When one of my subbies asked me to address time management, I immediately started to have flash backs of all the days when my to-do list was overflowing and my attention was split in multiple directions. Even after working in corporate America and successfully completing my first year of business school, I still do not think that I am a subject matter expert on time management. However, I have had enough time management successes and failures to provide you with some key tips:
(1) Write down your obligations, assignments, and anything else of importance. You may think you have a great memory but it’s very easy to forget something when you are balancing a heavy workload.
(2) Create a daily To-Do List or as I like to call it an Accomplished List to help you focus your efforts and make the most of your day. There will be times when priorities change and certain things do not get done but this list can at least act as your daily guide. I find that writing this list each night after reviewing my calendar yields the best results.
(3) This sounds so silly and basic but you can cut down time in your morning routine and get more sleep by preparing your school bag, lunch, snacks, and outfit the night before. There have been days when I woke up late and still managed to get to class on time because I had everything prepared and laid out for easy access.
(4) Schedule “Free Time” even if it’s just 15 minutes per day. We all need a break and some “me “time.
(5) At the beginning of each school semester or quarter, write down all of your assignments on the calendar. Set automatic reminders in Outlook or the platform or your choice to be alerted within 5 days of having an assignment due
(6) If it’s possible, read ahead and complete assignments early. Being proactive is essential when you have a lot of things to do and not enough time to do it.
(7) Ask for help (yep none of us are supermen or superwomen) My professor and a corporate VP both told me that if you have to spend more than 15-30 minutes trying to figure out your assignment, then it’s time to ask for clarity. Do not waste precious time. Be humble enough to ask for help and smart enough to leverage your resources even if it’s only Google.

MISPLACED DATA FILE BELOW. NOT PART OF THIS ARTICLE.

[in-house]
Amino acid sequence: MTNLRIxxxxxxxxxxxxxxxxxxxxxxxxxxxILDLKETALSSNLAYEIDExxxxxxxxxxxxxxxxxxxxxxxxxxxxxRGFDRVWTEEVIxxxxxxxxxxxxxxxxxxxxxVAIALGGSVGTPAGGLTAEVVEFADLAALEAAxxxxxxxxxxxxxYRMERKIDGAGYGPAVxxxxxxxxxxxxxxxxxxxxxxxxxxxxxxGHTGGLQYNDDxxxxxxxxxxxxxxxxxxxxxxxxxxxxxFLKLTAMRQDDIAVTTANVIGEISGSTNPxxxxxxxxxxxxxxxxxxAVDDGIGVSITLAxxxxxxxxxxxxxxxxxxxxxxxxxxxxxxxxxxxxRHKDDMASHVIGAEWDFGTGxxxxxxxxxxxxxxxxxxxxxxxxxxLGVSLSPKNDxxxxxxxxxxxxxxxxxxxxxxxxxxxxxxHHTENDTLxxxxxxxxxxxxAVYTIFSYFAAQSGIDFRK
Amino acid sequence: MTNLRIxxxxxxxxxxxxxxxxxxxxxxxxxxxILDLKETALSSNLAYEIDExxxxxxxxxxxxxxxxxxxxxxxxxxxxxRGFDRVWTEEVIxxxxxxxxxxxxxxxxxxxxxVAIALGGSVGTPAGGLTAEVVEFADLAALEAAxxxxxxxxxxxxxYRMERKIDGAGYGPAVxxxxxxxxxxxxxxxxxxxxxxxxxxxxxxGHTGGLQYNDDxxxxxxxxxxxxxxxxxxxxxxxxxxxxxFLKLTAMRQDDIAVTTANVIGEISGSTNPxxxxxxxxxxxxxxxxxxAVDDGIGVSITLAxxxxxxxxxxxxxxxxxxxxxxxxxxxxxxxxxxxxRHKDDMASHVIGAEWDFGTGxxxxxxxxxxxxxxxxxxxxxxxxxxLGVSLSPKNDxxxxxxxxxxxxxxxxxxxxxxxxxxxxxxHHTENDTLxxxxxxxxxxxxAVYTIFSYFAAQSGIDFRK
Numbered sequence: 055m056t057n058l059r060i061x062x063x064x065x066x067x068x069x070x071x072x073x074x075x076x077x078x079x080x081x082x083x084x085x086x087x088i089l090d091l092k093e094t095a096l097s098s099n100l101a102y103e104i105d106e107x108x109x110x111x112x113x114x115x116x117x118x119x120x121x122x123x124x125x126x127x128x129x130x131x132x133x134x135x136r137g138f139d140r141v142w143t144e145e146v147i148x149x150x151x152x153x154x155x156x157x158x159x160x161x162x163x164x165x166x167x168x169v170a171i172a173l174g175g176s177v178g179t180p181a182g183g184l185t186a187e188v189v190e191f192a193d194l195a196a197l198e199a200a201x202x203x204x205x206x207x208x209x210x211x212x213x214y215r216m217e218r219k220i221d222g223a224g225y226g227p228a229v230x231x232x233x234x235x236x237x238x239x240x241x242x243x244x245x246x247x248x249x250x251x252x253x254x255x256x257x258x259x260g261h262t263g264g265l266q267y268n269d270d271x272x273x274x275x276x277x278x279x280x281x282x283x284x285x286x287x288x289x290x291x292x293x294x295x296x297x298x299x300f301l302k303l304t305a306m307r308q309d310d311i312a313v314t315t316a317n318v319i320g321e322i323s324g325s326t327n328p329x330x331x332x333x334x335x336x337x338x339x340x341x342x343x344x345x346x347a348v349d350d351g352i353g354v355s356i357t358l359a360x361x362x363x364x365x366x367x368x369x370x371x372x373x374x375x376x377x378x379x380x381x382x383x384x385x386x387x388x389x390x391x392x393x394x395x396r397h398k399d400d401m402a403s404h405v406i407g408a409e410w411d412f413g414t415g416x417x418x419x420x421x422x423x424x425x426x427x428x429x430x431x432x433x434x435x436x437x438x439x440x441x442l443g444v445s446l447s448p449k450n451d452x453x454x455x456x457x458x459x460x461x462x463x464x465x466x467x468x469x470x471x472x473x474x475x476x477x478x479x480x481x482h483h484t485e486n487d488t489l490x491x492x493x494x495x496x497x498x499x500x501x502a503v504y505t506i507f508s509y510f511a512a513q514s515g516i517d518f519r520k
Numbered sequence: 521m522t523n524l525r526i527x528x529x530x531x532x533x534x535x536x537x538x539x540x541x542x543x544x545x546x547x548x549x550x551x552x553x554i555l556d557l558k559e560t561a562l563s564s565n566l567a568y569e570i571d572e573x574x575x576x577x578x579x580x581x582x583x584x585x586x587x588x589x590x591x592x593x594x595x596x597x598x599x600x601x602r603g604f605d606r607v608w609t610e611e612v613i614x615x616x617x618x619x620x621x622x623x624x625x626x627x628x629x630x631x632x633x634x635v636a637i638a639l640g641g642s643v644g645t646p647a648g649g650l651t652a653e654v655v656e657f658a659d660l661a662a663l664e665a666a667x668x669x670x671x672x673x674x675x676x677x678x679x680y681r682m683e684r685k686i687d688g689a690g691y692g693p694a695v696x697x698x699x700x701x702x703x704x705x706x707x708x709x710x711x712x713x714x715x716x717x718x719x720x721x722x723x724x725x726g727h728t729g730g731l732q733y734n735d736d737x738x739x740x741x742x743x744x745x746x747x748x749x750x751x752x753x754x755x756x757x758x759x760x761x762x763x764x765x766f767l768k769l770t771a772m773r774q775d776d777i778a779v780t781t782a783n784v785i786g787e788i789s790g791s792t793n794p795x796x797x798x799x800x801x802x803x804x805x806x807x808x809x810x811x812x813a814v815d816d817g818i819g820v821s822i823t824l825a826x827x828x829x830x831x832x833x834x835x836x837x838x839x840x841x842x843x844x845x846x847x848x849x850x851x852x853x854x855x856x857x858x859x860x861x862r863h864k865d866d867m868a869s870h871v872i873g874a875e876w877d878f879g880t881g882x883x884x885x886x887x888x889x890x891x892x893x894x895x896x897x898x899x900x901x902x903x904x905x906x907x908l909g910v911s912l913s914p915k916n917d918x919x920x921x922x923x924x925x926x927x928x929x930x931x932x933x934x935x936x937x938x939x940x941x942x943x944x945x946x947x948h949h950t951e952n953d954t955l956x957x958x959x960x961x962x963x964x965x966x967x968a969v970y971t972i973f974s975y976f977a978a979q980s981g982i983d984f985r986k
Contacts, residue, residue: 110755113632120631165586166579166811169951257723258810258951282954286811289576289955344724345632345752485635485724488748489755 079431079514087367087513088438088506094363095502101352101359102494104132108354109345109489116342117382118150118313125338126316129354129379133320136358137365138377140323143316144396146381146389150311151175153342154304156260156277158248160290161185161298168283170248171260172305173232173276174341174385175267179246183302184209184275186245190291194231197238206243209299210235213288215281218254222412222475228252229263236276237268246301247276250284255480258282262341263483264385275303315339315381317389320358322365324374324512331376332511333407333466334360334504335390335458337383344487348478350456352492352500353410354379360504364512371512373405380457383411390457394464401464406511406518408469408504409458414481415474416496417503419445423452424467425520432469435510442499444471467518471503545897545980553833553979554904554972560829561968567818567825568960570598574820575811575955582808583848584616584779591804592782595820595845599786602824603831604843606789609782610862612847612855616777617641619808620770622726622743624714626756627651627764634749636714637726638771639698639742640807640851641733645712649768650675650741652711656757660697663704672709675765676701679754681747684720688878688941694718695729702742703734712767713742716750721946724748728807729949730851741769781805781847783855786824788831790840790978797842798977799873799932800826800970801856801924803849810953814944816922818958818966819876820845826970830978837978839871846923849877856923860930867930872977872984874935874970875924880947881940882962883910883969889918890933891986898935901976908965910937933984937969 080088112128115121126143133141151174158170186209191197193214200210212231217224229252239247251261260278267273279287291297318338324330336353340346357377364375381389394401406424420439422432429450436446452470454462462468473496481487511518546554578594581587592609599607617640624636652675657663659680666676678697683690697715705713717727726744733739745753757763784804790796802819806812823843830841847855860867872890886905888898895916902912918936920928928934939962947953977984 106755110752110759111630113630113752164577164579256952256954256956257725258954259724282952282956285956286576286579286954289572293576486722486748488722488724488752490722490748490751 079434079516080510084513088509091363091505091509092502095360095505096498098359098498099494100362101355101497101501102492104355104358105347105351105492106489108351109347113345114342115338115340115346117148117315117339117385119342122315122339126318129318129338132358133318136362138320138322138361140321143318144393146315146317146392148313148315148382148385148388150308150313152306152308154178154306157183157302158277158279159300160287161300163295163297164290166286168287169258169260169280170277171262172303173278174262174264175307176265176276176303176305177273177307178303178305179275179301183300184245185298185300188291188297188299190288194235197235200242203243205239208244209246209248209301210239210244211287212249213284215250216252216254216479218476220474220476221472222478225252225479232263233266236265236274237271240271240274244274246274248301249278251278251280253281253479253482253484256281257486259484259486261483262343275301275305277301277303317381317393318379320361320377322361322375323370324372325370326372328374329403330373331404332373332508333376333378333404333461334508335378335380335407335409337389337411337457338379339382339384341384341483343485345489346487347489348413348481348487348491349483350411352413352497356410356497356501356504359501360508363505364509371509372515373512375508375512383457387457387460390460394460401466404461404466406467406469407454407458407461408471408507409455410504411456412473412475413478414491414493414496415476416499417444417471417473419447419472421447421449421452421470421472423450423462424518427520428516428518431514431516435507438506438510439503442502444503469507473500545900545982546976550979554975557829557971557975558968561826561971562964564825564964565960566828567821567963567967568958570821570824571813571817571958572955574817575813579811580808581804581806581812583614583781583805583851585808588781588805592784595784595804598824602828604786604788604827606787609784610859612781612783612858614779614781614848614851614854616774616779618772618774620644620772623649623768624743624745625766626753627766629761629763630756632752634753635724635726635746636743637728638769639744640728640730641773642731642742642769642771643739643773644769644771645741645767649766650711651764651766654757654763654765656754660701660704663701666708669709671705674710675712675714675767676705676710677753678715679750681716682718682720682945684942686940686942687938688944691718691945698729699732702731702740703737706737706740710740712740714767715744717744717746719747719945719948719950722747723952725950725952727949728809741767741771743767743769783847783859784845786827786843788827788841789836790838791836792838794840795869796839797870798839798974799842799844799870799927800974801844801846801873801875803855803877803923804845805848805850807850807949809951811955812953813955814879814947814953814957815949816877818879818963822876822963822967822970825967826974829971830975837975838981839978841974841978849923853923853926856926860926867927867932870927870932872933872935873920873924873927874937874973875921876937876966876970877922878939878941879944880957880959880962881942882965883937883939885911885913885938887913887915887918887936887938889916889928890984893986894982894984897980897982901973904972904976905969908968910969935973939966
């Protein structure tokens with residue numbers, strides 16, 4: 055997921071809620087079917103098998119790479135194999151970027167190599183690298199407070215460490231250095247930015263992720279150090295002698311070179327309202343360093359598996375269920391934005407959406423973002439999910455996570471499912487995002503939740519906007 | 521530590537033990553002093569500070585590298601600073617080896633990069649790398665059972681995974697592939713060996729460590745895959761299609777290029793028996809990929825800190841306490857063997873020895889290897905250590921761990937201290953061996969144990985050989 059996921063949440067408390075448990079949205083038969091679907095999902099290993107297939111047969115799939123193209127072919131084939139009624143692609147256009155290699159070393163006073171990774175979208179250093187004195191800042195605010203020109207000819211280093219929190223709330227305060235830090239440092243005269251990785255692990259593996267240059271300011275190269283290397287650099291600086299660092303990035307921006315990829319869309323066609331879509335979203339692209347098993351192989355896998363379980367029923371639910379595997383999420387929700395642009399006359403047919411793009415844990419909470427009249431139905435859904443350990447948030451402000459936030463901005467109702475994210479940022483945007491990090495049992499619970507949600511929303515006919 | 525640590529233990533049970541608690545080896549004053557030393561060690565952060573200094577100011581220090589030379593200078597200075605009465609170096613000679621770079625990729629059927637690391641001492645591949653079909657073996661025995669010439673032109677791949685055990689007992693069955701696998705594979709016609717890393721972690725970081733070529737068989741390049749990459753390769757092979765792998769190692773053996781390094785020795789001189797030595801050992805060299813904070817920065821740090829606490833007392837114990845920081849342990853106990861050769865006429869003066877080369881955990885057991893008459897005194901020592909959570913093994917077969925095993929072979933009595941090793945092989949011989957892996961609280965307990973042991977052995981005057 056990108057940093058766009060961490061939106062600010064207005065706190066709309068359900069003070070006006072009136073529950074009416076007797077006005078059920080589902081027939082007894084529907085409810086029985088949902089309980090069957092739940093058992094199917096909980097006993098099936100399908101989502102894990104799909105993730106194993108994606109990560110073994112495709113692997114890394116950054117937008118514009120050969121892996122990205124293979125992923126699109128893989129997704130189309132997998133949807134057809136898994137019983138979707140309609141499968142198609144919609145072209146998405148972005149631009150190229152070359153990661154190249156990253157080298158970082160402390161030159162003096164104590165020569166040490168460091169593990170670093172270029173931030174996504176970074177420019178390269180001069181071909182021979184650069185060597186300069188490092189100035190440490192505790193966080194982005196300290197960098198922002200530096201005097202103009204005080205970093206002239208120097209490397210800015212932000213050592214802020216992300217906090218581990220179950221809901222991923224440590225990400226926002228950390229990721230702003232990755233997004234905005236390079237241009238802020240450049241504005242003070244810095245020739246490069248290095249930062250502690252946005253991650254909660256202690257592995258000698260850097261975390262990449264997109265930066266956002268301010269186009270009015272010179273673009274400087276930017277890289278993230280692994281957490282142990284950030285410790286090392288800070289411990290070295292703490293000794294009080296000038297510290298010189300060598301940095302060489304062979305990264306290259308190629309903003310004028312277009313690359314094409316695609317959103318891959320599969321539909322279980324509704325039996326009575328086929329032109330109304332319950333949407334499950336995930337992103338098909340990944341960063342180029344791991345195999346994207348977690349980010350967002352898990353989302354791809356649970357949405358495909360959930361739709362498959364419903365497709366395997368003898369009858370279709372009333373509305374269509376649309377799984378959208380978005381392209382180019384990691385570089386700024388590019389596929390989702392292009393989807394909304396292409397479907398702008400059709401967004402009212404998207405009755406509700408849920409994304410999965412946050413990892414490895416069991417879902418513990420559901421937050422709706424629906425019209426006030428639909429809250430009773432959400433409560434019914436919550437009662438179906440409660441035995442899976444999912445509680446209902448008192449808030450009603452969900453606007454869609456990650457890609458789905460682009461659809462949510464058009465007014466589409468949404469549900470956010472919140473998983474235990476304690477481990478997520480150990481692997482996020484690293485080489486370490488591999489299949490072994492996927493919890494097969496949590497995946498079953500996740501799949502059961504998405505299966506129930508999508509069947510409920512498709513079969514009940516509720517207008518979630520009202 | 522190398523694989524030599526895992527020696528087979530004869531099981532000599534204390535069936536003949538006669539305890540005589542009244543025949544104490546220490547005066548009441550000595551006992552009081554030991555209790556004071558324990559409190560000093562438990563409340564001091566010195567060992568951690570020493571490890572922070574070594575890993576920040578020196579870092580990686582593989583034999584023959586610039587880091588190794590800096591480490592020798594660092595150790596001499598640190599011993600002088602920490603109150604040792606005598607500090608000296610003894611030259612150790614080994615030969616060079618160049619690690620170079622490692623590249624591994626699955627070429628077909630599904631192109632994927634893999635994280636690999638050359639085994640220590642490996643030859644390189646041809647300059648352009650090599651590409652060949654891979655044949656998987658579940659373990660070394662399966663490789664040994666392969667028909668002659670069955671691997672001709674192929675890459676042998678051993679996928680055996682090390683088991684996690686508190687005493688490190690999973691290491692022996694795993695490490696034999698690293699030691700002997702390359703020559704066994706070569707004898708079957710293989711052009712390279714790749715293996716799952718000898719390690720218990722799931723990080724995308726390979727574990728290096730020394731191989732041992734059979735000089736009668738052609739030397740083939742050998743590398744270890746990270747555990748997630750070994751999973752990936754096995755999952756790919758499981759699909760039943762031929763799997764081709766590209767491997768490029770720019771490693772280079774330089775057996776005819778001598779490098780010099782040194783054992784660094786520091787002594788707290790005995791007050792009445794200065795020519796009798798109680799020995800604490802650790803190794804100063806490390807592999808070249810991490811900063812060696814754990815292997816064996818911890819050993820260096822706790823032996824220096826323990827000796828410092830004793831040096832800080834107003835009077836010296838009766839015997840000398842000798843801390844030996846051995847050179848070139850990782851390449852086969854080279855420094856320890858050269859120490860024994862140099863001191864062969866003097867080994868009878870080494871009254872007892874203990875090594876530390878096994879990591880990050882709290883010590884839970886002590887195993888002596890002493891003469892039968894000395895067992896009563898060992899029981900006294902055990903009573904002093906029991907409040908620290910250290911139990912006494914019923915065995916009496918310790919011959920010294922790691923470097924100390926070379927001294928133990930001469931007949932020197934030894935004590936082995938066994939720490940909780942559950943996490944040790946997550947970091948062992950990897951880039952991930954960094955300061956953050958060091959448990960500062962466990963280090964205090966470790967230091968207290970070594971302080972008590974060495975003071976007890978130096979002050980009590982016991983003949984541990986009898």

(8) Say NO! If you are anything like me, you love to support a good cause and lend your assistance to people and organizations however, its ok to decline requests. You can gracefully decline without offering an explanation. Kindly saying, “I would love to but my schedule does not permit me to participate “ is certainly enough. If it is something you are really interested in, ask to be notified in advance so you an plan to participate next time.
(9) Quickly determine what your professor or manager really expects from you. In a particular class this quarter, I got the same grade on an assignment whether I spent 30 minutes or 3 hours on it. Once I figured out his expectations, I did the assignment in a way the appealed to his interests. Each school, professor, and course may be a little different but please understand that your target audience is your professor or boss and he/she ultimately determines your grade/pay or promotion.
(10)Similarly to #9, you should schedule time with you Professor (or Boss) anytime you need clarity on key course concepts and if needed, seek tutoring. Having the right tools and assistance will save you a lot of time and frustration. In the work setting, you can gain alot by partnering with other people in your division on projects or by seeking out a mentor who can act as your guide.
What do you do to manage your time?
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